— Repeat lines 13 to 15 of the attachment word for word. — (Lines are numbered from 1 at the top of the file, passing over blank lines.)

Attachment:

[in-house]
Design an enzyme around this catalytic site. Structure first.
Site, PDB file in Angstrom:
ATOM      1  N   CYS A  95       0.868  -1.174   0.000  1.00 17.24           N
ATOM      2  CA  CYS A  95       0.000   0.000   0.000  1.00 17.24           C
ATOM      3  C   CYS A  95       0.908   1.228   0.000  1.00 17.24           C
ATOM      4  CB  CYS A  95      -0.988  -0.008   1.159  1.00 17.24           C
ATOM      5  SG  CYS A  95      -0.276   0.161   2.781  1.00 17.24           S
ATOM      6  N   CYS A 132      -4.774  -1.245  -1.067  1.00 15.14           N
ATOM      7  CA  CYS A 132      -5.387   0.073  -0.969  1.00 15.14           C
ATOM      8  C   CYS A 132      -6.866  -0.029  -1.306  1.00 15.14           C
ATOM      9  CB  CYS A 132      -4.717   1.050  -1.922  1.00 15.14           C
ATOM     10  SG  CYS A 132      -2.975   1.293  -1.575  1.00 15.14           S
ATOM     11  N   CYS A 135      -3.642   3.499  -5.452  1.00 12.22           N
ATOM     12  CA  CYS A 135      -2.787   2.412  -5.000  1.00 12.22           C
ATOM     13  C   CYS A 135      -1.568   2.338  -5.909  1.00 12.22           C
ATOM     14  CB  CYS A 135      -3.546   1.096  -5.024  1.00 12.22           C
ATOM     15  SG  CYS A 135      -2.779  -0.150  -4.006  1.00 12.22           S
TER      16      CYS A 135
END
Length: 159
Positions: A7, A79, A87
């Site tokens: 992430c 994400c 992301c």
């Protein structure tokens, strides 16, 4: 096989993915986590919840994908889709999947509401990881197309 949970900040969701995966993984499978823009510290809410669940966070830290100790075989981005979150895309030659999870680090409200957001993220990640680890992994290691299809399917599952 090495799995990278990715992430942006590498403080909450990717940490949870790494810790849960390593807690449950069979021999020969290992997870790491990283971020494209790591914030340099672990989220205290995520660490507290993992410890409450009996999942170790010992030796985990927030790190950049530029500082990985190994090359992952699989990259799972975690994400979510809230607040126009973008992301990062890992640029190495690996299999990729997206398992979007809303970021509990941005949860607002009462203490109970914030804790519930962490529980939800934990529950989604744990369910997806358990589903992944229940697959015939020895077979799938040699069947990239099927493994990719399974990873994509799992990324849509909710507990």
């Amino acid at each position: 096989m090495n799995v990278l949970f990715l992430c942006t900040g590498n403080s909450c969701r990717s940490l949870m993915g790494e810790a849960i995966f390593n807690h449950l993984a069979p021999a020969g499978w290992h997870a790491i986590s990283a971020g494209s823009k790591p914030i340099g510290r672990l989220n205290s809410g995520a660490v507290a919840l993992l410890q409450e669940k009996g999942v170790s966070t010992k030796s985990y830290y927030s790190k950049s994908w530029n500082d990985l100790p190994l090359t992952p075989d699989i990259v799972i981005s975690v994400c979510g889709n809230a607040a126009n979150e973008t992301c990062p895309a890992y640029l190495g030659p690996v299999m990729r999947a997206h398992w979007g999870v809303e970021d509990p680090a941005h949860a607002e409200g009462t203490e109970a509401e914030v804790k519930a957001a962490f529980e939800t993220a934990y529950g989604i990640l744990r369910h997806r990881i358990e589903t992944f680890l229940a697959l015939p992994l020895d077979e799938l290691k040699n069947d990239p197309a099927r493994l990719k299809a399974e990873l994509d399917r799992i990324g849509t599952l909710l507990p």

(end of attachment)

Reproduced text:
ATOM     10  SG  CYS A 132      -2.975   1.293  -1.575  1.00 15.14           S
ATOM     11  N   CYS A 135      -3.642   3.499  -5.452  1.00 12.22           N
ATOM     12  CA  CYS A 135      -2.787   2.412  -5.000  1.00 12.22           C